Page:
The war drums have begun beating inside Mexico’s Democratic Revolutionary Party (PRD) as members of the country’s most important leftist group begin to take sides over President Enrique Peña Nieto’s plans to open up the state-owned oil industry to foreign investment.
Tensions among PRD’s leaders over the issue have divided party members into small factions, known as “tribes.”
This internal war actually started last week when Peña Nieto, who was in London for the G8 summit, told the Financial Times that his energy reform would include “the constitutional changes needed to give private investors certainty.”
To accomplish this, the president said that he was counting on his political agreement, the Pact for Mexico – which was signed last December by the leaders of Mexico’s main parties, including the PRD – to push through a series of reforms and the restructuring of institutions. That timetable for the 95 reforms was also signed by Peña Nieto’s Institutional Revolutionary Party (PRI) and the National Action Party (PAN).
The announcement by Peña Nieto of his plans to change Article 27 of the Mexican Constitution, which lists oil and other natural resources as belonging to the state, set off alarms inside the PRD.
There are politicians who are now using Pemex to live and survive politically"
Marcelo Ebrard, an influential PRD leader who served as mayor of Mexico City from 2006 to 2012, accused the president of wanting to privatize Petroleos Mexicanos (Pemex), the state oil conglomerate.
In an interview with EL PAÍS last week, Ebrard admitted that the PRD had a “crisis of confidence inside the party” and said that he will demand that a party convention be called so that PRD President Jesús Zambrano can go over the terms of the Pact for Mexico he signed in December.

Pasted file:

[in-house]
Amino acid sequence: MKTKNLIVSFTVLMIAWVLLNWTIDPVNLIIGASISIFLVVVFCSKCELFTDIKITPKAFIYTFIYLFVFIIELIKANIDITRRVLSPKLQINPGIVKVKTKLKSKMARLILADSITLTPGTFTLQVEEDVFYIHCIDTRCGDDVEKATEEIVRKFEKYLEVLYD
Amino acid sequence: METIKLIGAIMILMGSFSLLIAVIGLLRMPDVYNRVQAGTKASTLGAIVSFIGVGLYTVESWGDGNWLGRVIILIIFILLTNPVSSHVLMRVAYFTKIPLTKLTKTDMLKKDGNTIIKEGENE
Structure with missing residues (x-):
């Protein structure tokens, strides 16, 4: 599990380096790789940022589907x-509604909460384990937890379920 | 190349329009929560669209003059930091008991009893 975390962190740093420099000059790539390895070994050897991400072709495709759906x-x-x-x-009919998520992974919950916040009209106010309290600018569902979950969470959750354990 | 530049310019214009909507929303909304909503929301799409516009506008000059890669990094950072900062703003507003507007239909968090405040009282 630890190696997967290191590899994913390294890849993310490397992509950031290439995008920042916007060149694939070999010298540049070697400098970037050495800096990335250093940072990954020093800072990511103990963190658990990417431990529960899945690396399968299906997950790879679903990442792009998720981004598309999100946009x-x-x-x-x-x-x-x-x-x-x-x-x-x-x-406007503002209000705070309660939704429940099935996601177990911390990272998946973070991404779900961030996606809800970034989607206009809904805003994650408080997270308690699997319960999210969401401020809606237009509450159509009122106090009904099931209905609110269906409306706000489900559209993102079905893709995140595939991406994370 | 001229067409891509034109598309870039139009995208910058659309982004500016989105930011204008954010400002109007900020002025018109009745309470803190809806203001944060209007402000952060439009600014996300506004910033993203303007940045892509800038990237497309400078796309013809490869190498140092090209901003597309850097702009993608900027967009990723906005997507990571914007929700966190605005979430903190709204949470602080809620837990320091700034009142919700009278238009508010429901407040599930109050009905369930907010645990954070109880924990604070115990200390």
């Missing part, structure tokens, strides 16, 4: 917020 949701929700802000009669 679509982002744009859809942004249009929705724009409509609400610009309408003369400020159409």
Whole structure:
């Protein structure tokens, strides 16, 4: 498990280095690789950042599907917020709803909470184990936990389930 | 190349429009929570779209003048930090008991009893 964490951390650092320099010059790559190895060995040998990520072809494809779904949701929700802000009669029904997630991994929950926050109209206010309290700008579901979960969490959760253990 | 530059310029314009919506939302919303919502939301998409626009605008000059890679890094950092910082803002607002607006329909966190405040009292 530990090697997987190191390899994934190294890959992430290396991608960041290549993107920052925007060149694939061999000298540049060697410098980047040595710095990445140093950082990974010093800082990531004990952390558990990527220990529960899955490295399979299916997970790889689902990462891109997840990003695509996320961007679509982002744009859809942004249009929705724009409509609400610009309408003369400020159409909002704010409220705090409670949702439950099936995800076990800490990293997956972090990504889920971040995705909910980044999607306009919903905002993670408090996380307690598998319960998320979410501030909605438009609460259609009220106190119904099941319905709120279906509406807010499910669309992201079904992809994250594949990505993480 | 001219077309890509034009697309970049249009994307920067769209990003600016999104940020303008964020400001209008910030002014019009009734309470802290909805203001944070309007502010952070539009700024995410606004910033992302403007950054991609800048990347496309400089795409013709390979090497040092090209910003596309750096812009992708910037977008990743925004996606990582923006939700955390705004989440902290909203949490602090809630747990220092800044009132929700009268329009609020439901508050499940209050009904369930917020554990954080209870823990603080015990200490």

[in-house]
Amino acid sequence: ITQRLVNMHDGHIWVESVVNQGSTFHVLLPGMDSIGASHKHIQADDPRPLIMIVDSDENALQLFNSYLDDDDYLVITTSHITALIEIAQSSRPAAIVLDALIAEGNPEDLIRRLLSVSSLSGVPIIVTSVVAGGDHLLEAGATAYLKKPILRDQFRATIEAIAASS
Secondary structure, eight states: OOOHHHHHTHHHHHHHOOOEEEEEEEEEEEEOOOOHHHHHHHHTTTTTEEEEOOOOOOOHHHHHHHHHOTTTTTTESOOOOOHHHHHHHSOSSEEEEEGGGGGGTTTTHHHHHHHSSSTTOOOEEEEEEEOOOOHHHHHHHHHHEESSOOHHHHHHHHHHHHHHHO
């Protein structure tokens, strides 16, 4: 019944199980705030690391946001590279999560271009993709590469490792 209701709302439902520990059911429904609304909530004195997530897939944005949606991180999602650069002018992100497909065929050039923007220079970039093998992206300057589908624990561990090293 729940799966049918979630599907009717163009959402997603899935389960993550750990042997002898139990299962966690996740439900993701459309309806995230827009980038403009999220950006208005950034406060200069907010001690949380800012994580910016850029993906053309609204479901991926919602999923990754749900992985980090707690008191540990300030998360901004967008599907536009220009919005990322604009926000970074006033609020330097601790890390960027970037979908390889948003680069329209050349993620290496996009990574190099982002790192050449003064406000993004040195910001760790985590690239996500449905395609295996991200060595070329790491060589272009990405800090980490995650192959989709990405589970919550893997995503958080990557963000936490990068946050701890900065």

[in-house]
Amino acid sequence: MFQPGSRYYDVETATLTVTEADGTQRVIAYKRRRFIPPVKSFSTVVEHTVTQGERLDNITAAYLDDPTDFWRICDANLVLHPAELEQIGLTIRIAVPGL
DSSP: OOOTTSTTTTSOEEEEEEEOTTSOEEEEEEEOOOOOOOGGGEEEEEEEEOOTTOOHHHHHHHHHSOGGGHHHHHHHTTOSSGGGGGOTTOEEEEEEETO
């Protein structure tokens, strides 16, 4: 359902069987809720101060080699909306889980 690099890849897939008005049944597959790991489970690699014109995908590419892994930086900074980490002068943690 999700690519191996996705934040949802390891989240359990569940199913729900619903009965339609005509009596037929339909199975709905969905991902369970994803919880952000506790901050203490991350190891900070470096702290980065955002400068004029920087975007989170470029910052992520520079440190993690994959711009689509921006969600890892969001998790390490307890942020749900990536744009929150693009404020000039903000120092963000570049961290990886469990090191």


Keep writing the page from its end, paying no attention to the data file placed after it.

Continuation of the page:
“I am asking Marcelo to be more responsible; if there are no differences, then he shouldn’t invent the fact that he has some with me,” Zambrano posted on his Twitter account.
In a series of interviews, Ebrard has challenged Peña Nieto to a national debate to discuss allowing foreign investors in to Mexico’s oil industry, which was nationalized in 1938.
Zambrano, for his part, has flung some colorful accusations at Ebrard. “He is like a drunkard in a bar who is under the table and asking everyone what they are looking at to start a fight with someone who doesn’t want to fight,” he said.
PRD leaders have been called to an emergency meeting for Tuesday to discuss the government’s energy reform. Among those who will attend is Cuauhtémoc Cárdenas, party founder and one of the country’s influential leftist politicians. Ebrard was called in at the last minute.
“There are politicians who are now using Pemex to live and survive politically,” said Jesús Ortega, who forms part of a panel that oversees the Pact for Mexico and is considered one of the architects of the alliance.
“It is crazy for anyone to think that Pemex will be passed off to private hands. Nobody wants that; not even the neo-liberals. But to speak about Pemex has a political advantage,” he told EL PAÍS.
“The issue at hand is how to preserve petroleum revenue with the participation of private investors in some areas. There shouldn’t be service contracts in which we are obligated to pay a percentage of what is extracted.”
Nationalized by President Lázaro Cárdenas in 1938, Pemex accounts for one-third of the government’s revenues, given that it takes 67 percent of all its sales. This is a much higher percentage than that levied by the government in Venezuela on sales by its own state-oil company Petroleos de Venezuela (Pdvsa), which is 39 percent.
In 2000, Pemex was ranked the sixth-largest petroleum company in the world, but now it is the 11th.
Its production has dropped from 3.4 million barrels a day to 2.6 million, and its capacity for refining is so limited that Mexico has to import gasoline from the United States.
Under past presidential terms, its administration has been inefficient and its powerful union and a network of contractors have stood in the way of any type of restructuring.
The PRD now has to come up with its proposal for Pemex. While his own tribe doesn’t carry much weight inside the party, Ebrard has the support of those who have criticized the party’s backing of the Peña Nieto government, even though many see his position as opportunist.
Waiting on the sidelines is Andrés Manuel López Obrador, the former presidential candidate who left the PRD 10 months ago. He opposes any type of privatization in Pemex, but as the leaders of his party continue to bicker and may eventually split, López Obrador could emerge from this entire controversy as Mexico’s top leftist leader.